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South Africa’s literary tradition is impossible to sum up in just a few crisp lines.  Diverse language, heritage, and traditions, a turbulent history, and a multi-cultural society still adjusting to new norms are some of the major strands that are woven into the rich literary tapestry of South Africa today.  In both fiction and non-fiction, the ubiquitous theme of the injustice of the apartheid system is spun into thousands of variations by black, white, and Afrikaans authors.

Here are five books and authors we recommend as excellent places to begin your journey to South Africa.

Cry, the Beloved Country by Alan Paton

Arguably South Africa’s best-known novel, Cry, the Beloved Country contrasts the abundance of the land with the tense uncertainty of the people who inhabit it.  As the protagonist, Reverend Stephen Kumalo, searches for his missing son, Paton skillfully shows the breakdown of the native tribal culture and injustice of white rule in the country, foreshadowing in many ways the horror of the apartheid system that was introduced soon after the publication of Cry, the Beloved Country in 1948.

Cape Town, The Making of a City by Nigel Worden and Elizabeth van Heyningen

First recommended to us by several of our local experts, this eminently readable book charts the remarkable history of South Africa’s diverse southern capital.  Illustrations, maps, drawings and other visual enhancements help the reader understand the complex history of Colonial Cape Town under Dutch and British rule and to understand better the dynamic city that Cape Town is today.  A must read for history buffs as well as those who plan to visit the city and its surrounding environs!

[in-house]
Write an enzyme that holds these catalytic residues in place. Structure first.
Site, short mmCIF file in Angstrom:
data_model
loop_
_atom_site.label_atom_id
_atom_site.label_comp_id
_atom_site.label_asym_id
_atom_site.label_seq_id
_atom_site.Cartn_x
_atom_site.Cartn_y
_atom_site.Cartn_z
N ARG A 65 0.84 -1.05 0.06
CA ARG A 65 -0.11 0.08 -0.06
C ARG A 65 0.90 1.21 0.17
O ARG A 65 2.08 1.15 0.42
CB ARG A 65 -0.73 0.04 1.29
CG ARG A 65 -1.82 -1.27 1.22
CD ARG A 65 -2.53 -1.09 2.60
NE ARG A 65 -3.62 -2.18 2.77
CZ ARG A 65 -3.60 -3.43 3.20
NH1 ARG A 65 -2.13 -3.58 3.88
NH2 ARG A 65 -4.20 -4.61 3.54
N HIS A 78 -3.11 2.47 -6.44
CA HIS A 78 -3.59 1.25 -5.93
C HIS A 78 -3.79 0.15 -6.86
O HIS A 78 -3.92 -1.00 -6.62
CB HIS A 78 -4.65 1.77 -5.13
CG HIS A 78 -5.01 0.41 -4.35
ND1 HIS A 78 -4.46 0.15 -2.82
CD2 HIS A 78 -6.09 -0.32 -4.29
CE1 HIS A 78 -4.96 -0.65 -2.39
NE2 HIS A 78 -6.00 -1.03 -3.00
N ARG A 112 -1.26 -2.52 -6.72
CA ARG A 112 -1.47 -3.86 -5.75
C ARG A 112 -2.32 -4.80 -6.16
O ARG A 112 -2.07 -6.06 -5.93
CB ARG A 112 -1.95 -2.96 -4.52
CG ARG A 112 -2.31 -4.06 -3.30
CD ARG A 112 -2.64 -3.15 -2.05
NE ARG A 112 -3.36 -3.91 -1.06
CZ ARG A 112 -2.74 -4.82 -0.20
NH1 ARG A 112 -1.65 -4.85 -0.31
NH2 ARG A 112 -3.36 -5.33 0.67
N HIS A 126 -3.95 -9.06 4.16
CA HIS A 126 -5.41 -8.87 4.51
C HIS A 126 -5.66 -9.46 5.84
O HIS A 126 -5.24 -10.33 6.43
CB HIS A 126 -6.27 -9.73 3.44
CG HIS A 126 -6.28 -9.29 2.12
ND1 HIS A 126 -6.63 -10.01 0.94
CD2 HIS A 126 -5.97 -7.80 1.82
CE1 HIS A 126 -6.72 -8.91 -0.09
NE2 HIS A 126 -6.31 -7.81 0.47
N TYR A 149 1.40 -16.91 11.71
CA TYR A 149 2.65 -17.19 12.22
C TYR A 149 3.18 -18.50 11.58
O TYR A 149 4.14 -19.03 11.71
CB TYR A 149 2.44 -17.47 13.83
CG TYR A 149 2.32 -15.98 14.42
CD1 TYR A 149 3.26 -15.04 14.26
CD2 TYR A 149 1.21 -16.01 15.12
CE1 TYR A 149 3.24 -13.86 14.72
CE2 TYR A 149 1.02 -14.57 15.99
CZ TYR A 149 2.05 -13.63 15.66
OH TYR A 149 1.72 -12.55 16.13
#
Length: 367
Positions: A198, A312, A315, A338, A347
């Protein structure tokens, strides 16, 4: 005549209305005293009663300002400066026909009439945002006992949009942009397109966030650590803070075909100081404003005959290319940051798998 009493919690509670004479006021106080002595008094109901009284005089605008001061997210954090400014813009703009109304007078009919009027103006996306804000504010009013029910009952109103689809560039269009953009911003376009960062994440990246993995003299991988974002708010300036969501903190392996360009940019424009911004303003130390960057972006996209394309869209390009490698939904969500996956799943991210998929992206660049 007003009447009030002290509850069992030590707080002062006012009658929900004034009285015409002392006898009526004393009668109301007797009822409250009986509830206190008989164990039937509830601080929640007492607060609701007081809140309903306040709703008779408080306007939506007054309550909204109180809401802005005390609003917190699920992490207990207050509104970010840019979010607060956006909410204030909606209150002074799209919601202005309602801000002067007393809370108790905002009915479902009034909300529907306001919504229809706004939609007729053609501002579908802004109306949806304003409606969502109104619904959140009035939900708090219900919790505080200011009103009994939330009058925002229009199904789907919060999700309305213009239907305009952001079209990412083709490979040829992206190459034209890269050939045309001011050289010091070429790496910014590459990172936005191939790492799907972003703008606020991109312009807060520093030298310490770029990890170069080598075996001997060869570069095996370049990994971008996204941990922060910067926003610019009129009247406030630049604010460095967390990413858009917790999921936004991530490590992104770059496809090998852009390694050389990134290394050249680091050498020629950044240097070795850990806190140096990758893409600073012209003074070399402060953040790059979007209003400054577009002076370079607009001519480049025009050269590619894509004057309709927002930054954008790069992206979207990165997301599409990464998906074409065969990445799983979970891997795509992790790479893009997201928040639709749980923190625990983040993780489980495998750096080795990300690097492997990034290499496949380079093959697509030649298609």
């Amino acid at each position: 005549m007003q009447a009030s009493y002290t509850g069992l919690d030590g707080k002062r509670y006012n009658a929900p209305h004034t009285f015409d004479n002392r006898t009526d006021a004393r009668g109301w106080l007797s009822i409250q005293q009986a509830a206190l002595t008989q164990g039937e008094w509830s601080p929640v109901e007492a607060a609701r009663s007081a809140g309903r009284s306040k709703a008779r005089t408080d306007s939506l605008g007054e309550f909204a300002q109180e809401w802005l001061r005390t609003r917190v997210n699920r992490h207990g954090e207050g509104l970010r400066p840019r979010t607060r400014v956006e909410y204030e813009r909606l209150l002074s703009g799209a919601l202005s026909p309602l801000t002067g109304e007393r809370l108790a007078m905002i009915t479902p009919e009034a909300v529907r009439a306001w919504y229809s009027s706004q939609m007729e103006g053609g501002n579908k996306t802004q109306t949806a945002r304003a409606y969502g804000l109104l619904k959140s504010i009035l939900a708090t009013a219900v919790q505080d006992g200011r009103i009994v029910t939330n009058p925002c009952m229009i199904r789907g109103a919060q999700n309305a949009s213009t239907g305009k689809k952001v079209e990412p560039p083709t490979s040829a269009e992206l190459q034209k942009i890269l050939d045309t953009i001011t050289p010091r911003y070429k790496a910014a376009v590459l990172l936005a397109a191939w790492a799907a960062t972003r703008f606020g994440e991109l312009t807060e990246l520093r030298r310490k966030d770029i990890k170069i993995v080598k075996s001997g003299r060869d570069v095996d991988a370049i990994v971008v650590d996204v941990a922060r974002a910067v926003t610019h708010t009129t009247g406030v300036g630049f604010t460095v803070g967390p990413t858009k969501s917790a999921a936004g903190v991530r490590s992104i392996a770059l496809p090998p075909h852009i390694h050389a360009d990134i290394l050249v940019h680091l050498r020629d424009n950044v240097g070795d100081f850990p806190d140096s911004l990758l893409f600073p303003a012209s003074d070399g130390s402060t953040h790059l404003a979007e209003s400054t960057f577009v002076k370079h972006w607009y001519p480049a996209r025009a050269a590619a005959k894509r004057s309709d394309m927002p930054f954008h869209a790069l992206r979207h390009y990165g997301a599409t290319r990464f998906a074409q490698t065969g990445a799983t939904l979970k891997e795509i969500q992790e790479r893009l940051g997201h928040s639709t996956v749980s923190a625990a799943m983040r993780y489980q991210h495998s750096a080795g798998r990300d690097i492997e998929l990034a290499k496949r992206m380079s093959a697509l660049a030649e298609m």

Long Walk to Freedom by Nelson Mandela

This extraordinary autobiography of the father of modern-day South Africa began as scribbled notes on tiny scraps of paper by the author, during his lengthy imprisonment.  The book pulls off the difficult trick of being at the same time an autobiography of Mandela and the country and is considered basic reading for all South Africans.  Made into an inspiring biopic starring Idris Elba, Long Walk to Freedom contains some of Mandela’s most memorable quotes including “If you want to make peace with your enemy, you have to work with your enemy.  Then he becomes your partner,” which many believe to be the foundation of modern-day South Africa.

Nadine Gordimer

Nadine Gordimer was South Africa’s first Nobel Prize laureate for literature.  Born in the Transvaal in 1923, the trajectory of her prolific writing life has spanned the troubled period of South Africa’s racially-divided apartheid era, and in many of her short stories and books, she explores the devastating effects the system had on the citizens of pre- and post-apartheid South Africa.  Gordimer does not shrink from examining highly taboo subjects such as a love affair between a black man and a white women in Occasion for Loving (1963).  Choose any or all of her thirteen novels and ten short story collections to enjoy an eloquent and unapologetic portrait of South Africa by one of her most gifted writers.

J. M. Coetzee

Like Nadine Gordimer, J.M. Coetzee tackles some of the most painful and raw themes of South African society in books, essays, and short stories with masterful prose.  A two-time Booker Prize recipient (for Life & Times of Michael K in 1983 and Disgrace in 1999), Coetzee was also awarded the Nobel Prize for Literature in 2003. 

Discover South Africa on Alexander + Robert’s luxury itinerary Southern Africa In-Style with Rovos Rail, aboard the world-famous luxury train: a 13-day private journey.  Speak to one of our knowledgeable reservation agents about this and other African itineraries.

Posted: 5/25/2017 1:33:38 PM by Alexander + Roberts

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